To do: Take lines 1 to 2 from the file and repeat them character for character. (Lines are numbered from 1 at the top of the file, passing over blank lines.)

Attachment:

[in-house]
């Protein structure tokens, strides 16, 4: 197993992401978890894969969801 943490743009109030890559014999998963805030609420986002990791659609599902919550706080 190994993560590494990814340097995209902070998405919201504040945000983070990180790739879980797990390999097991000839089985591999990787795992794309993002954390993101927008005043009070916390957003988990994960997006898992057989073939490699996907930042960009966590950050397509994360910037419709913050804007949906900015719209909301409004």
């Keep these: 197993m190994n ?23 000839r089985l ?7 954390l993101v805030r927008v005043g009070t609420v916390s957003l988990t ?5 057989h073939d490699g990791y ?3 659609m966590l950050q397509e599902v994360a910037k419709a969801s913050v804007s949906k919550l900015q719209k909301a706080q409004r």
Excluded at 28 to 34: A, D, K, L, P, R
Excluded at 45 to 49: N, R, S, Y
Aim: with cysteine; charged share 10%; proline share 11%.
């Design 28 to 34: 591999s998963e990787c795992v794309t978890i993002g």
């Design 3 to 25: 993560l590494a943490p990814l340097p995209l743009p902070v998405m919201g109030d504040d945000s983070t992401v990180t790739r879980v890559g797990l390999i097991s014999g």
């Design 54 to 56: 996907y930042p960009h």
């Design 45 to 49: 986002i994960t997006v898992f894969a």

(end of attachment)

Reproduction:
[in-house]
């Protein structure tokens, strides 16, 4: 197993992401978890894969969801 943490743009109030890559014999998963805030609420986002990791659609599902919550706080 190994993560590494990814340097995209902070998405919201504040945000983070990180790739879980797990390999097991000839089985591999990787795992794309993002954390993101927008005043009070916390957003988990994960997006898992057989073939490699996907930042960009966590950050397509994360910037419709913050804007949906900015719209909301409004």